Look no further for a lifetime of gardening enjoyment

During one of my last walks through the garden, before the first series of autumn rain storms hit the Pacific Northwest, I was struck by the beauty of what some might consider to be “just another evergreen tree.” The truth is, Picea abies ‘Acrocona’ is an extraordinary tree with great landscape functionality and multi-season appeal.

Picea abies 'Acrocona'
Picea abies ‘Acrocona’ displays its tan colored cones in the autumn sun.

Possibly the most prominent feature of ‘Acrocona’ is its prolific production of cones which hang like decorative ornaments on the multiple branch ends and vary through the seasons from intensely bright pink, to purple in spring, to reddish-tinged green during the summer, an almost golden-brown in autumn and finally darker brown through the winter. During the winter, most of the mature cones will have dispersed their seed, break down and fall off of the tree. Some remnants of older cones may be visible in springtime when the first tiny, bright pink pollen cones begin to emerge, announcing that the new cycle of life is beginning.

Picea abies 'Acrocona'
The pollen cones of Picea abies ‘Acrocona’ emerge early in spring.

I briefly mentioned in an earlier post about ‘Acrocona’ its unusual branching and growth habit which is most noticeable during the plant’s youth. As my tree has matured, it has become more and more beautiful with its combination of thick, vigorous branches and what appear to be smaller, weaker branches which give the tree an upright, broadly pyramidal form filled with a combination of sweeping and weeping branches.

Picea abies 'Acrocona'
The seed bearing cones of Picea abies ‘Acrocona’ during the peak of their pink color stage.

The unusual growth habit of ‘Acrocona’ very much insures that no two trees will look exactly alike, and make them an excellent choice to use as a primary focal point in garden design. Their four full seasons of color, supplied by the rich, grass-green foliage and the ever-changing cones as they move through their annual cycle, give ‘Acrocona’ the ability to capture attention and add visual interest to a level which is available in few other plants.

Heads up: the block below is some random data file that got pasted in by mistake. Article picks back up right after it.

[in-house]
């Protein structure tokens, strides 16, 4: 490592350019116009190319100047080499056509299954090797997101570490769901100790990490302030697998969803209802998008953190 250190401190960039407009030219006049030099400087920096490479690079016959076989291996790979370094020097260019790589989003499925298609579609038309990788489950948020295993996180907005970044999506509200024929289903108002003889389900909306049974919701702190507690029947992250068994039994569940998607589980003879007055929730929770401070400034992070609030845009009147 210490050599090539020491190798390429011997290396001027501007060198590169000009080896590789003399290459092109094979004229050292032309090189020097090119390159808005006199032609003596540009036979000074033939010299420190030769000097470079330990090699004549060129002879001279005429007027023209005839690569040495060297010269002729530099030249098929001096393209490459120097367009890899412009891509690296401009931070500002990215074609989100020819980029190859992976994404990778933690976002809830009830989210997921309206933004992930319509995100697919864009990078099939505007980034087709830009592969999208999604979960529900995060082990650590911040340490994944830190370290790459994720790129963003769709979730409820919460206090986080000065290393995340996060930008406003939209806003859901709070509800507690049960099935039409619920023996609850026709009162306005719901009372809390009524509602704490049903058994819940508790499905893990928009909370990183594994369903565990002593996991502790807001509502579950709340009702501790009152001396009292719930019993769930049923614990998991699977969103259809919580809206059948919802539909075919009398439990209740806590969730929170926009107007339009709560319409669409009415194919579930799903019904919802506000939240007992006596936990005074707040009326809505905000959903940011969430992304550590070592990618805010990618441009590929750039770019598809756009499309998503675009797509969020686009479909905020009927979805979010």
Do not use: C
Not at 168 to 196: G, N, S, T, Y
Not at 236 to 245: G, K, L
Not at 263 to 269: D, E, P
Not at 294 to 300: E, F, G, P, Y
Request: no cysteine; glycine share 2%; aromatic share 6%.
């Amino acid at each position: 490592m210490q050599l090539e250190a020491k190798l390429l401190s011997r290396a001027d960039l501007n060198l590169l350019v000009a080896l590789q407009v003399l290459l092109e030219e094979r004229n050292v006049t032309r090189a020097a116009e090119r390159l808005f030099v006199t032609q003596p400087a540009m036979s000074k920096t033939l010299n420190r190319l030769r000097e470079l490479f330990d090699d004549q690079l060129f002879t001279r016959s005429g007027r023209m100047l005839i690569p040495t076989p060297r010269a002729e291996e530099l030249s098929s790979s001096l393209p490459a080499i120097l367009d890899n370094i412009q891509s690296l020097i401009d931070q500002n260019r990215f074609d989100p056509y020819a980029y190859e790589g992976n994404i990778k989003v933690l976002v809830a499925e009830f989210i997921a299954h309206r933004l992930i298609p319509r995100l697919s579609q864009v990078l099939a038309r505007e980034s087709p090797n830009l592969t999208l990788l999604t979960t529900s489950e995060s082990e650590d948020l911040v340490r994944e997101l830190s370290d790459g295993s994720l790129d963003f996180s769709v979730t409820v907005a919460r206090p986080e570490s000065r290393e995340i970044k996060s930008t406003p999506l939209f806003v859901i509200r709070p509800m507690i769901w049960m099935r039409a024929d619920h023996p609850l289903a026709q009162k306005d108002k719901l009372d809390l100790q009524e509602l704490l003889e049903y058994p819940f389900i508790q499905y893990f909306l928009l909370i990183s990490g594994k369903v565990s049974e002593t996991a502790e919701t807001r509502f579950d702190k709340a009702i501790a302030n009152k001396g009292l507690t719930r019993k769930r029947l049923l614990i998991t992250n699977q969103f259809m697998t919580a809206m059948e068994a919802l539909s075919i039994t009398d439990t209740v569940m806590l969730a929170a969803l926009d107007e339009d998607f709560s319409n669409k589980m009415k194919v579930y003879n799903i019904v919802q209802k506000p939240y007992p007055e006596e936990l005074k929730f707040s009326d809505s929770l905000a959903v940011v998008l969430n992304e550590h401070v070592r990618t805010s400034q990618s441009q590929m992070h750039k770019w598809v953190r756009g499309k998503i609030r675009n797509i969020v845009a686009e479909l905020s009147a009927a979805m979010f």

Picea abies 'Acrocona'
Large, dense, summer cones of Picea abies ‘Acrocona’ begin to make their gradual color shift from bright pink to a red-tinged green.

I love the way the cones begin as such tiny little pink buds and grow rather quickly into large, dense, purple red cones. The appearance of the cones, dangling from the tips and along branches reminds me of a tree decorated for the Christmas holidays. As the cones grow larger and heavier, they seem to move in a dance, swaying at the ends of windswept branches. When growing in clusters, the cones will weigh down branches, pulling them from their usual upward sweeping form to a downturned direction, sometimes reaching the ground. Fortunately the branches are very flexible, and I have yet to see any remarkable breakage from either the heavy cones or wet, sloppy snow.

Picea abies 'Acrocona'
The golden-brown, autumn cones of Picea abies ‘Acrocona’.